A midnight ramble through Lucknow during the Mutiny IV

And we finally get to Flashman and that “great Fenian idiot” starting their midnight ramble from the besieged Residency, across rebel-held Lucknow, to Sir Colin Campbell’s forces…..

~~~~ Before I could hush his babbling, he had seized my hand – and him standing there bollock-naked with his togs piled on his head – and said fervently: “D’ye know what – we’re goin’ to do wan o’ the deeds that saved the Impoire, so we are! An’ Oi don’t moind tellin’ ye somethin’ else – for the first toime in me loiife, Oi’m scared!”

“The first time!” squeaks I, but already he was plunging in with a splash like the launching of the Great Eastern, leaving me with the appalling realisation that for once I was in the company of someone terrified as myself. It was desperate – I mean, on previous enterprises of this kind I’d been used to relying on some gallant idiot who couldn’t keep his head, but here I was with this buffoon who was not only mad Irish, but was plainly drunk with the idea of playing Dick Champion, the Saviour of the Side, and was trembling in his boots at the same time, Furthermore, he was given to daydreaming about trout and otters at inappropriate moments, and had no more idea of moving silently than a bear with a ball and chain. But there was nothing for it now; I slid into the freezing water and swam the half-furlong to the far bank, where he was standing one one leg in the mud, hauling his clothes on, and making the deuce of a row about it.

“Are ye there, Flash?” says he, in a hoarse whisper you could have heard in Delhi. “We’ll have to be hellish quiet, ye know. Oi think there’s pandies up the bank!”

Since we could see their picquets round the camp-fires not fifty yards away, it was a reasonable conclusion, and we hadn’t stolen twenty yards across the riverside when someone hailed us. I shouted back, and our challenger remarked that it was cold, at which the oaf Kavanuagh petrified me by suddenly bawling out: “Han, bhai, bahut tunder! (Yes, brother, very cold!)” like some greenhorn reciting from a Hindi primer. I hustled him quickly away, took him by the neck, and hissed:

“Will you keep your damned gob shut, you great murphy?”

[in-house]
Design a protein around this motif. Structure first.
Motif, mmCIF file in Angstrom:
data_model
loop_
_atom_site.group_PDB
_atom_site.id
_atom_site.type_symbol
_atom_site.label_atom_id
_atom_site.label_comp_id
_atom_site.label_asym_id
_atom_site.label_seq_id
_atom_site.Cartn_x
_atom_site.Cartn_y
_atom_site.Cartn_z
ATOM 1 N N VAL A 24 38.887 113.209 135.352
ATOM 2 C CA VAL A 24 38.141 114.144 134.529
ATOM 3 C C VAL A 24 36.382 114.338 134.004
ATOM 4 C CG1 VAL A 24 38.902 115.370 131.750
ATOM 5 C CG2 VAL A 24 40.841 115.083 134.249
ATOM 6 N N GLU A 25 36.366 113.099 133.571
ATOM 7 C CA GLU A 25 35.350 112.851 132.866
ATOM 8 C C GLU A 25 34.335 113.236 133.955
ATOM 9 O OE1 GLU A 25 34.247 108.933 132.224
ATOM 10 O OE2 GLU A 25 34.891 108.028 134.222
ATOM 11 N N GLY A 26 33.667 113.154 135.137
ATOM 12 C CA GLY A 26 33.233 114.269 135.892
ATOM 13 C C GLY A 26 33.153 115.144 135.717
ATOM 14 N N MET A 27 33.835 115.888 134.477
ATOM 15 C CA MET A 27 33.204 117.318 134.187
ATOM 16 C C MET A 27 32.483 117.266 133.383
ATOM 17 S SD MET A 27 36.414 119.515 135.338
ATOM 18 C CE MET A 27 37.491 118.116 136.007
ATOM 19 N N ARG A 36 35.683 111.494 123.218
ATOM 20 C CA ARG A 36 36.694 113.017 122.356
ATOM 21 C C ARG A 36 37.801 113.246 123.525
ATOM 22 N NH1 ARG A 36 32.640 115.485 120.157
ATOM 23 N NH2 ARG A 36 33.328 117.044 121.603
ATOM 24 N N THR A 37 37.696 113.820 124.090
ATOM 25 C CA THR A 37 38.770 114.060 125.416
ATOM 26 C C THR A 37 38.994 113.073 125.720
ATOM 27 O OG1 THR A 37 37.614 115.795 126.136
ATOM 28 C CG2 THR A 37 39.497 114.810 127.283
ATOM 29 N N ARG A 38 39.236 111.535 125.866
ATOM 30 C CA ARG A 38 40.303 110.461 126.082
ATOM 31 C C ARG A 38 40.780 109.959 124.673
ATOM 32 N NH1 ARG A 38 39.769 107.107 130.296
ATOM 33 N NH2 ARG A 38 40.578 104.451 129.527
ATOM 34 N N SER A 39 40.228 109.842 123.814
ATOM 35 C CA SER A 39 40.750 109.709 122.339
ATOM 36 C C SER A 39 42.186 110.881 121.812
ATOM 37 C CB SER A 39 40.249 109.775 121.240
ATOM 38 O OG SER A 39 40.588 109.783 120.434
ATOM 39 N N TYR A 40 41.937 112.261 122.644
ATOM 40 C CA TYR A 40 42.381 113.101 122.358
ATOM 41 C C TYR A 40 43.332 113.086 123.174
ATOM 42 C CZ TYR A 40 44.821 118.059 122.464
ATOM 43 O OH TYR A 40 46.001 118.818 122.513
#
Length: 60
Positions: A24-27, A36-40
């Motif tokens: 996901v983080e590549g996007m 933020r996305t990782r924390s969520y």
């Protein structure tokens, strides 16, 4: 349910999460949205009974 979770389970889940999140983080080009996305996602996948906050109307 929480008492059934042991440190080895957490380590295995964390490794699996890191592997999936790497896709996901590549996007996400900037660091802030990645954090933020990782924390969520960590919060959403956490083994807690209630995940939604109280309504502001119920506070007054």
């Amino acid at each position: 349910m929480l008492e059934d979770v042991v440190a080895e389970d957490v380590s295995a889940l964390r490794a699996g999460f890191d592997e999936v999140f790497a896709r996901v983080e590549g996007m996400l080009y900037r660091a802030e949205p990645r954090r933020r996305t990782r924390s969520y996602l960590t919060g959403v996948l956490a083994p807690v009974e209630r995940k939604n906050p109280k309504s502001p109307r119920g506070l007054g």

He apologised in a nervous whisper, and muttered something about Queen and Country; his eye was glittering feverishly. “Oi”ll me more discreet, Flash,” says he, and so we went on, with me answering another couple of challenges before we reached the bridge, and crossed safely over into Lucknow town.

This was the testing part, for here there was lightning in the streets and passers-by, and Kavanaugh might easily be recognised as counterfeit. The swim hadn’t done his dyed skin any good, and apart from that outlandsih rig, the European walk, the whole cut of the man was an invitation to disaster. Well, thinks I, if he’s spotted, it’s into the dark for Flashy, and old O’Hooligan can take care of himself.

The worst of it was, he seemed incapable of keeping quiet, but was forever halting to mutter: “The mosque, ah, that’s right now – and then de little stone bridge – where the divil is it? D’ye see it, Flashy – it ought to be right by hereabouts?” I told him if he must chunter, to do it in Hindi, and he said absent-mindedly “Oi will, Oi will niver fear. Oi wish to God we had a compass.” He seemed to think he was in Phoenix Park.

It wasn’t too bad at first, because we were moving through gardens, with few folk about, but then we came to the great Chauk Bazaar. Thank God it was ill-lit, but there were groups of pandies everywhere, folk at the stalls, idlers at every corner, and even a few palkis swaying through the narrow ways. I put on a bold front, keeping Kavanuagh between me and the wall, and just swaggered along, spitting. No one gave me a second glance, but by hellish luck we passed close by a group of pandies with some whores in tow, and one of the tarts plucked at Kavanaugh’s sleeve and made an improper suggestion; her sepoy stared and growled resentfully, and my heart was in mouth as I hustled Kavanaugh along, shouting over my shoulder that he’d just been married the previous day and was exhausted, at which they laughed and let us be. At least that kept him shut for a spell, but no sooner were we clear of the bazaar than he was chattering with relief and stopped to pick carrots in a vegetable patch, remarking at the top of his voice that they were “the swaitest little things” he’d tasted in months.

Then he lost our way……

To be continued……


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